You don't like historical comparisons. That doesn't mean they don't work, or that the people who use them are somehow risk-averse, concerned about saving face, or lazy. And besides, you use it yourself. When you talk about Michael Dyer and how #1 prospects coming out of high school often turn it around, isn't that an example of using historical comps? Is Michael Dyer identical to every other #1 prospect coming out of high school, and if not, how do you justify using them as comparisons when discussing Dyer's value? When you were high on Bryce Brown because of his high school recruiting ranking, how is that not a perfect example of using historical comps?

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I understand that you're high on him--and I think you have to get your guy when you feel that way about a player. But I don't understand how someone could be baffled by a more conservative take on his chances. The questions are there, and clear, to me.

It's not baffling at all. I just don't agree with it.

I'm not really here to try to convince people of Christine Michael's worth. Like I said, it doesn't matter to me. I'm not sweating your opinion on Michael. Frankly, I don't care at all what you think of him. It's immaterial to me. I just wanted to articulate my own personal reasons for being high on him specifically (as opposed to other random "similar" prospects that I don't hype to the same extent). The skeptics don't see any difference between him and any number of random promising backups, and what I'm saying is that there are reasons why some people think he's more than just another typical middling prospect. You might not agree with those reasons, but they're there. It isn't like people just woke up one morning and decided that Christine Michael is a better than average gamble without having reasons for thinking that. I think I've outlined my reasons pretty well here and elsewhere. I'm not looking for converts. Just trying to explain why some people like him a lot more than others. It doesn't have to be irrational or a "mispricing" just because some people happen to disagree with it. The consensus is always going to disagree with the most optimistic believers regarding any particular developing player, so that alone says nothing about his chances of eventual success/failure.

FWIW, I never owned Miller or Wilson in any of my leagues. It's another example where surface similarities (i.e. high draft picks with good speed) don't necessarily ensure that the players are equivalent or even similar. For one thing, Michael is a different type of back physically. Much bigger and more powerful. I don't think what happened to those guys says anything at all about his outlook.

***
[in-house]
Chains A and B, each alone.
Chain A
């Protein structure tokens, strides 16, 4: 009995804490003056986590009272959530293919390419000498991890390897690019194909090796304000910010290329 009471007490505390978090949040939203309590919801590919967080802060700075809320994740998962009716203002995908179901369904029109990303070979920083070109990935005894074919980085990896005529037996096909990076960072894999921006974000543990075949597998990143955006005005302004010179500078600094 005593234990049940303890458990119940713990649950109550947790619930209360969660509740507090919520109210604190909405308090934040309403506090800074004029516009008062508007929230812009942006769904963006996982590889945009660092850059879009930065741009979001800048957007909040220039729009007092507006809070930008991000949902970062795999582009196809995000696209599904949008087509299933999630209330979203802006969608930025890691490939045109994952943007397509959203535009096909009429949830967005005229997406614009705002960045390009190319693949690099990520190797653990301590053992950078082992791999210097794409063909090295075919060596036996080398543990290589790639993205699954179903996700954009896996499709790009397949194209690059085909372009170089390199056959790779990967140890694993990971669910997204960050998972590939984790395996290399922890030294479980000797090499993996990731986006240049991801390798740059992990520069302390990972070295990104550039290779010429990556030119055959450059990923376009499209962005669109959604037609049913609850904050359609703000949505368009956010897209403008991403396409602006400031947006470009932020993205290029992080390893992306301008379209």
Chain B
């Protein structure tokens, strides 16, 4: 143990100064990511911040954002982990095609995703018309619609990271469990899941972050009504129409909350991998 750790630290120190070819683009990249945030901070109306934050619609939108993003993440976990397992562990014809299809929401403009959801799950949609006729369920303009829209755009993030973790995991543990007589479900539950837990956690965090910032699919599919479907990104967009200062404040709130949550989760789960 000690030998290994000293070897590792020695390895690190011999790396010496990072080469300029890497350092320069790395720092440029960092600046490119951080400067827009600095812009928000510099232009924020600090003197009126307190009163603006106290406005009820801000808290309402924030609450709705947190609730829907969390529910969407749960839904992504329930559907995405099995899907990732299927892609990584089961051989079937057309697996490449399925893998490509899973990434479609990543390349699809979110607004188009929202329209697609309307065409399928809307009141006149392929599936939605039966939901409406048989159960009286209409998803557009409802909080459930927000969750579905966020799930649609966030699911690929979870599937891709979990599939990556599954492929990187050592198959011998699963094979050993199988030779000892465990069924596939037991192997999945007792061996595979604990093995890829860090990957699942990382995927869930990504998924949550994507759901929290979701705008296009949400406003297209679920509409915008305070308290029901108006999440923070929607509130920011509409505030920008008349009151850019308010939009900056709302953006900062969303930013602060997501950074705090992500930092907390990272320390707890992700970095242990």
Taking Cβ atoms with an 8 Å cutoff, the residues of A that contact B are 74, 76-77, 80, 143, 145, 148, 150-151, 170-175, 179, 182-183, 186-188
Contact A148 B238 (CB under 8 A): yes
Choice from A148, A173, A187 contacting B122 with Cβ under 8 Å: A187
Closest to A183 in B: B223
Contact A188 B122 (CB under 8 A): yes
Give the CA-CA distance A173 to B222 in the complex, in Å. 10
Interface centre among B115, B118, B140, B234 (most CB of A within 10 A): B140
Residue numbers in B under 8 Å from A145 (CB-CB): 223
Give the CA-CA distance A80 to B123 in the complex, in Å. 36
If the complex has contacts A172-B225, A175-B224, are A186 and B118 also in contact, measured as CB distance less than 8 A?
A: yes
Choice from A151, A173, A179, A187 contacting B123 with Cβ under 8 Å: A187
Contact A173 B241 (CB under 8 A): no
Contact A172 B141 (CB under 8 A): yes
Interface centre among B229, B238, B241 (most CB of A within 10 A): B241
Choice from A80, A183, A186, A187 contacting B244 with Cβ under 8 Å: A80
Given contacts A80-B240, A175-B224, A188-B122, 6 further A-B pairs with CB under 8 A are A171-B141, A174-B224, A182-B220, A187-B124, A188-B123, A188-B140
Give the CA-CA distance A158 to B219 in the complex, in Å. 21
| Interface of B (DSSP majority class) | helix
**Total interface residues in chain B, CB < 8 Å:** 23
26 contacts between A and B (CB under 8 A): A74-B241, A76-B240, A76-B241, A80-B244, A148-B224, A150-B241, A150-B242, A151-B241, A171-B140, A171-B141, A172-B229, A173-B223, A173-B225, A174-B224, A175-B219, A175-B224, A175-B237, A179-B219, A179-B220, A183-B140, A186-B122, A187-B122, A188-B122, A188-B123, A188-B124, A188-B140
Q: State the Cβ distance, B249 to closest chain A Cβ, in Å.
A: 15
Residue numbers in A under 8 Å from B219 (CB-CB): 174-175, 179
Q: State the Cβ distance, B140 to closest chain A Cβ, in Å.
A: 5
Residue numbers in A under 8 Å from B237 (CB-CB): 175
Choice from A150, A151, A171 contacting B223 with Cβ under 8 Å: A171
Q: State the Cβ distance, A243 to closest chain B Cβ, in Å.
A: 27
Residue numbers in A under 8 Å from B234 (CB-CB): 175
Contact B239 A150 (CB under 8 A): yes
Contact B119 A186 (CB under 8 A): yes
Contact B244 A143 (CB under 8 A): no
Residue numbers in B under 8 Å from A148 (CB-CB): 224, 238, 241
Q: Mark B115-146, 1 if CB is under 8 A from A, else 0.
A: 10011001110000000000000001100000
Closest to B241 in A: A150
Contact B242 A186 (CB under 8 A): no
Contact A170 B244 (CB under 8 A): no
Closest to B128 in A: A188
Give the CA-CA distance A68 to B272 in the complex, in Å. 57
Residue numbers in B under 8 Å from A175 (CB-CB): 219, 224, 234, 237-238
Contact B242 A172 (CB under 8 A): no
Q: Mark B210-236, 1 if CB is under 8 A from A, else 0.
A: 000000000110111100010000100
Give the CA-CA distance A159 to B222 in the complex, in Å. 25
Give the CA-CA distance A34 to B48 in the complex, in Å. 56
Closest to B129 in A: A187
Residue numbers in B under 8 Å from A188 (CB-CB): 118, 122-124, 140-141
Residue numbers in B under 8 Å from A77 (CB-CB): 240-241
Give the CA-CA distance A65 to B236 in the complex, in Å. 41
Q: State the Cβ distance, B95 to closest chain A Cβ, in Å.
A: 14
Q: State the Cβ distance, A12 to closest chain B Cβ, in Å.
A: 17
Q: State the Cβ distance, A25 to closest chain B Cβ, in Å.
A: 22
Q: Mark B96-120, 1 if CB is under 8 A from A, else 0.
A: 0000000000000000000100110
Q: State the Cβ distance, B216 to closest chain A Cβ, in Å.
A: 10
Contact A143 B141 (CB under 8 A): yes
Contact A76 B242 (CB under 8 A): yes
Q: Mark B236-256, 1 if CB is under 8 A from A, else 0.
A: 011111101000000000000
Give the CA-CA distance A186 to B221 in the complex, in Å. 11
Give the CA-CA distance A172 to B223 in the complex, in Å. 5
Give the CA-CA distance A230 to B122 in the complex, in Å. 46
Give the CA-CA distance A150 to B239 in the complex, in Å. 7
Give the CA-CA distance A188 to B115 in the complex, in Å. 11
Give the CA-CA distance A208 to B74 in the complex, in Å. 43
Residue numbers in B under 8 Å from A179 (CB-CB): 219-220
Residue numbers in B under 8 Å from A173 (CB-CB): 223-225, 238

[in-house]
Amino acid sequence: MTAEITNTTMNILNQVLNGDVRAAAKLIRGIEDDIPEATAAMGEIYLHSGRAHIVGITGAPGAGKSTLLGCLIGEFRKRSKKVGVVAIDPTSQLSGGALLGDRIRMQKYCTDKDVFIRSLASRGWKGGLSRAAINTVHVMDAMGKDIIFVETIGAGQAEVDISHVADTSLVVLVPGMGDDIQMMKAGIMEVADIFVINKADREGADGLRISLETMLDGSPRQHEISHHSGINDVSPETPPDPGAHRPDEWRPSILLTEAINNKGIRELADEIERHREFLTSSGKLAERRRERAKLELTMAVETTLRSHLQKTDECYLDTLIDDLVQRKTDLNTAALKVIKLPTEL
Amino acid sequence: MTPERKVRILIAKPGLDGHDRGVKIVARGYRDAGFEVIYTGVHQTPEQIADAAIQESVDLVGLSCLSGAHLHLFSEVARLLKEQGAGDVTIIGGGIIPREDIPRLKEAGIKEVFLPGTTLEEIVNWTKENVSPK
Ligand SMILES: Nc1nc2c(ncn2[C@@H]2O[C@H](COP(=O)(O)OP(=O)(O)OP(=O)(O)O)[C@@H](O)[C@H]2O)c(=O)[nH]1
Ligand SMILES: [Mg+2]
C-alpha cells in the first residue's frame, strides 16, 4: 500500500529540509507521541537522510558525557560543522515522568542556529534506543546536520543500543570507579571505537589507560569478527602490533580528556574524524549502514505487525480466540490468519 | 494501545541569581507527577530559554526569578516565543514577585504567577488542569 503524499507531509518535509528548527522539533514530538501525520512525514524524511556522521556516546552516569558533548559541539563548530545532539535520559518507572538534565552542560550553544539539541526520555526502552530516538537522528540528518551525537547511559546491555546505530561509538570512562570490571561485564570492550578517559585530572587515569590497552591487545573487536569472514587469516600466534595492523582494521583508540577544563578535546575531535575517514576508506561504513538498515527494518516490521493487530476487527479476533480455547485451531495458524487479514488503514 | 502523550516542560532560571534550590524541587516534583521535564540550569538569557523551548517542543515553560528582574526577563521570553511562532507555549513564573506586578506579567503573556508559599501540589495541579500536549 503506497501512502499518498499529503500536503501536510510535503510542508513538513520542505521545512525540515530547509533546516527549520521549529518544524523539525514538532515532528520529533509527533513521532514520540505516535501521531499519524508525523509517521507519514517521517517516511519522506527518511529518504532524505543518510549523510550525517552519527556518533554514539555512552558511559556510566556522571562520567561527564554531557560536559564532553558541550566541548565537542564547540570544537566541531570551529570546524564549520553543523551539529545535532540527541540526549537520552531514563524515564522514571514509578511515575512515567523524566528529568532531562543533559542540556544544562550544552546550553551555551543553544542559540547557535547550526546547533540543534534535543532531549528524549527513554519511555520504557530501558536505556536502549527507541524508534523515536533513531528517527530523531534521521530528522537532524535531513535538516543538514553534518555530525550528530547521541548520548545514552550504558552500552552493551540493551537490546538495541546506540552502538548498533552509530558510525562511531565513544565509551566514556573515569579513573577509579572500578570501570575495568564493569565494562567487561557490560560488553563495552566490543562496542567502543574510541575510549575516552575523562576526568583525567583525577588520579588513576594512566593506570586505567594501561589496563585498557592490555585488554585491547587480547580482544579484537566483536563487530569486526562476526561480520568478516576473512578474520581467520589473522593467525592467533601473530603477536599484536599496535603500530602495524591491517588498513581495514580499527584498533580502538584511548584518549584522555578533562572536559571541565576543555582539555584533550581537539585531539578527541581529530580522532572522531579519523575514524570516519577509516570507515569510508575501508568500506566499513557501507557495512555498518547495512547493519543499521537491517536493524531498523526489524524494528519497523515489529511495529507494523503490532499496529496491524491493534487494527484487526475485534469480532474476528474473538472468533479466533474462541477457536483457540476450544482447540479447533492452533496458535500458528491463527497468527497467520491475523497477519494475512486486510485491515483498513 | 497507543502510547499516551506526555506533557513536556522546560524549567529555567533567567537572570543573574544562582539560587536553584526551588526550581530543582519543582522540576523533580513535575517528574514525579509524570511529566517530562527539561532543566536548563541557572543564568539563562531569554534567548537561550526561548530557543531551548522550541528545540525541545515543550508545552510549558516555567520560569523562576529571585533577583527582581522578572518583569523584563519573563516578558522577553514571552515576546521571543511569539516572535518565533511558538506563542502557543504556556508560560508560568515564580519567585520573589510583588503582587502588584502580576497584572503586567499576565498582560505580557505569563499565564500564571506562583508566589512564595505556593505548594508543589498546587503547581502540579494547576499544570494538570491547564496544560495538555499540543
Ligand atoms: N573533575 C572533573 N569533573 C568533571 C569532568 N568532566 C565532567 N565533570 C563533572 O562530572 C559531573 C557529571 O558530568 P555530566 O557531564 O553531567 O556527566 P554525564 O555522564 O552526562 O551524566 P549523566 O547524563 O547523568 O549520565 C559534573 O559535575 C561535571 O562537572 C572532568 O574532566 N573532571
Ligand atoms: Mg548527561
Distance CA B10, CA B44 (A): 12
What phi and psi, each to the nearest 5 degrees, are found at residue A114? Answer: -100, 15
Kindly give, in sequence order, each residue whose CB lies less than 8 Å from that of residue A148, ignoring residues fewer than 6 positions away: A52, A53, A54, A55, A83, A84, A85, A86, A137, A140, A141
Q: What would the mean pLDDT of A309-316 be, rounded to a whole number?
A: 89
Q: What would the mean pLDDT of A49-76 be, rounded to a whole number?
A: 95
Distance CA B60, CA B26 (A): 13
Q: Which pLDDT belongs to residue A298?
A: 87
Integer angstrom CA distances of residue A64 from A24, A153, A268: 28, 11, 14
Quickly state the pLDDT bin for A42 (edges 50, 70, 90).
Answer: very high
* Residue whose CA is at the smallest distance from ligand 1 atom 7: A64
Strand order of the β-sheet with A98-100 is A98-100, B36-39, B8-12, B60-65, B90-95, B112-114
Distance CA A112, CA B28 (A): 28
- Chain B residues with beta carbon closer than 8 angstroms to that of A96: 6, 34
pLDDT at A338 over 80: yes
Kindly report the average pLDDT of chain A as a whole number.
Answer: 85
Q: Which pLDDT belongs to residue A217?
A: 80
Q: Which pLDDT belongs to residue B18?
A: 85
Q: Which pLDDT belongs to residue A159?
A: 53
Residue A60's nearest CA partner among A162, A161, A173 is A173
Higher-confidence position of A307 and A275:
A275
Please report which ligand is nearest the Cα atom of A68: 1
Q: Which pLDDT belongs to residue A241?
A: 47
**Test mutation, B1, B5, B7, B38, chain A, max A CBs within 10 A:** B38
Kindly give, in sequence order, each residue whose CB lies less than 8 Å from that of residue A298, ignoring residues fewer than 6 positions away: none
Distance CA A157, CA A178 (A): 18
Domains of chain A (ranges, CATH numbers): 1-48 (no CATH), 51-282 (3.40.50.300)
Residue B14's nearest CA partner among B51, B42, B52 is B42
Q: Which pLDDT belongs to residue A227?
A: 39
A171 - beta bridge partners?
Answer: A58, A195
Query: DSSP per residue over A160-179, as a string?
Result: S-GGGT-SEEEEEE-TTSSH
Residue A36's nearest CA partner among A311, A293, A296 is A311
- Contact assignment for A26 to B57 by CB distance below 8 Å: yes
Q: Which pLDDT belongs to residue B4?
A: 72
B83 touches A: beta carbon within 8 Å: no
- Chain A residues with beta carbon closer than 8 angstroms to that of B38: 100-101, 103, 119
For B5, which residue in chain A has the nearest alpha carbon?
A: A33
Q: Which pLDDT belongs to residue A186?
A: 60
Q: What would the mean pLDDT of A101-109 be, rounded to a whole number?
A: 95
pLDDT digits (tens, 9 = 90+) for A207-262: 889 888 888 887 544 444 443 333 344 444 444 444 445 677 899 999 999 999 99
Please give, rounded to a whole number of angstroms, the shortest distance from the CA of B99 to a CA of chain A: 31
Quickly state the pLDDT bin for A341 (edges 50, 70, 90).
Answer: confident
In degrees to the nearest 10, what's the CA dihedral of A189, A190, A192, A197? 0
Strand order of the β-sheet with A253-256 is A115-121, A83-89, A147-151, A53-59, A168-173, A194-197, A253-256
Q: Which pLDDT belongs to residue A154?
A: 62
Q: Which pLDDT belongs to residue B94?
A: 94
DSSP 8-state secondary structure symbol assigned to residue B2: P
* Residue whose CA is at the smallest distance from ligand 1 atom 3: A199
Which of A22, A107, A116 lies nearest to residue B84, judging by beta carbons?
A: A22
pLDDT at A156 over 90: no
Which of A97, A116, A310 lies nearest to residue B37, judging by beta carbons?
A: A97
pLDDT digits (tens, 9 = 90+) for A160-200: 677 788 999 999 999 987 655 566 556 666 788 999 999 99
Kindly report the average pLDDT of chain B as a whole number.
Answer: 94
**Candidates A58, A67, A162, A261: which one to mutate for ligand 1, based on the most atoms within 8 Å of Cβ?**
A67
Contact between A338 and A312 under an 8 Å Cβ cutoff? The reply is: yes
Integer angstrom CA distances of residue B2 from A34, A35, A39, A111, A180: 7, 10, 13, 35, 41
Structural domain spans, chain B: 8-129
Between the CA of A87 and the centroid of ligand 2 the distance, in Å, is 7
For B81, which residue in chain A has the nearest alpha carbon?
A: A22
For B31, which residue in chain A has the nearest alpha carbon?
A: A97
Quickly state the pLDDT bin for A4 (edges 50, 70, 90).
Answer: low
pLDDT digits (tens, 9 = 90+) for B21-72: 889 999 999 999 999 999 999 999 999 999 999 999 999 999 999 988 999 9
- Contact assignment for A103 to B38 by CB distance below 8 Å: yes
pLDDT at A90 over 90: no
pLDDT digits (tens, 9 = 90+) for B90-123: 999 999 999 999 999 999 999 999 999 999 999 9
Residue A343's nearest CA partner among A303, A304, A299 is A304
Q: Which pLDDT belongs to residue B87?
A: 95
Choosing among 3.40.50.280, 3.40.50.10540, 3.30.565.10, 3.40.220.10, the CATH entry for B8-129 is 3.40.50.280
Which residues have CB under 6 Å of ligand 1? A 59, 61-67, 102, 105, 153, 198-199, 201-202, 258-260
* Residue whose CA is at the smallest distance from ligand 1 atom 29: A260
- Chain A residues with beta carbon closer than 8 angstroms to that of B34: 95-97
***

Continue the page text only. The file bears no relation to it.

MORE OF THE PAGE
Edited by EBF

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It doesn't have to be irrational or a "mispricing" just because some people happen to disagree with it.

I don't think it's mispricing because I disagree with it. I think it's mispricing because, as I understand it, you are ranking him exclusively based off of the single most likely outcome (in your mind) while completely ignoring all other possibilities, and that strategy results in mispriced players. Every player should be priced based on the entire range of possible outcomes. Or, as you're fond of saying, "you shouldn't buy players at their ceiling because it leaves little room for profit".

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I'm not really here to try to convince people of Christine Michael's worth. Like I said, it doesn't matter to me.

If anybody believes that, I got some ocean front property in Arizona I would like to sell you.

Edited by squistion

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It doesn't have to be irrational or a "mispricing" just because some people happen to disagree with it.

I don't think it's mispricing because I disagree with it. I think it's mispricing because, as I understand it, you are ranking him exclusively based off of the single most likely outcome (in your mind) while completely ignoring all other possibilities, and that strategy results in mispriced players. Every player should be priced based on the entire range of possible outcomes. Or, as you're fond of saying, "you shouldn't buy players at their ceiling because it leaves little room for profit".